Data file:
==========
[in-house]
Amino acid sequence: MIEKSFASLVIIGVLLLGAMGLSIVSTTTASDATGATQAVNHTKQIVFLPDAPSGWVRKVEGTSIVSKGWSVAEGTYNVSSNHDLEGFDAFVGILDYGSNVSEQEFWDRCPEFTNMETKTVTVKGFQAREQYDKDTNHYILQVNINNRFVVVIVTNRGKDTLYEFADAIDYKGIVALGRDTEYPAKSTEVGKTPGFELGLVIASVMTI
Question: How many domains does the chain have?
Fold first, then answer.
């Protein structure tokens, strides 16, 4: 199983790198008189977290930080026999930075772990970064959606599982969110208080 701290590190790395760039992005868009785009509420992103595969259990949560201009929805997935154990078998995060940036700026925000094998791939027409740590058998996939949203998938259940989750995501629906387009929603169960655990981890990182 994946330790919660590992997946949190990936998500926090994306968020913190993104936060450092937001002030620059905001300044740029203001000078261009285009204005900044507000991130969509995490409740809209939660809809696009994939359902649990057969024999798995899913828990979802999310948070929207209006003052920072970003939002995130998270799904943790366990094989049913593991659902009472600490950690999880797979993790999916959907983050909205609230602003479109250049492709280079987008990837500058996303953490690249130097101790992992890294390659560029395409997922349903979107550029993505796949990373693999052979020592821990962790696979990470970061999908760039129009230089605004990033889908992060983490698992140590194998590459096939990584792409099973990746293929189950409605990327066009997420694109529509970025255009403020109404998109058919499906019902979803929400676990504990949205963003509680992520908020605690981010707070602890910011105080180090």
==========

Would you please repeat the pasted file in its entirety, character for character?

[in-house]
Amino acid sequence: MIEKSFASLVIIGVLLLGAMGLSIVSTTTASDATGATQAVNHTKQIVFLPDAPSGWVRKVEGTSIVSKGWSVAEGTYNVSSNHDLEGFDAFVGILDYGSNVSEQEFWDRCPEFTNMETKTVTVKGFQAREQYDKDTNHYILQVNINNRFVVVIVTNRGKDTLYEFADAIDYKGIVALGRDTEYPAKSTEVGKTPGFELGLVIASVMTI
Question: How many domains does the chain have?
Fold first, then answer.
């Protein structure tokens, strides 16, 4: 199983790198008189977290930080026999930075772990970064959606599982969110208080 701290590190790395760039992005868009785009509420992103595969259990949560201009929805997935154990078998995060940036700026925000094998791939027409740590058998996939949203998938259940989750995501629906387009929603169960655990981890990182 994946330790919660590992997946949190990936998500926090994306968020913190993104936060450092937001002030620059905001300044740029203001000078261009285009204005900044507000991130969509995490409740809209939660809809696009994939359902649990057969024999798995899913828990979802999310948070929207209006003052920072970003939002995130998270799904943790366990094989049913593991659902009472600490950690999880797979993790999916959907983050909205609230602003479109250049492709280079987008990837500058996303953490690249130097101790992992890294390659560029395409997922349903979107550029993505796949990373693999052979020592821990962790696979990470970061999908760039129009230089605004990033889908992060983490698992140590194998590459096939990584792409099973990746293929189950409605990327066009997420694109529509970025255009403020109404998109058919499906019902979803929400676990504990949205963003509680992520908020605690981010707070602890910011105080180090």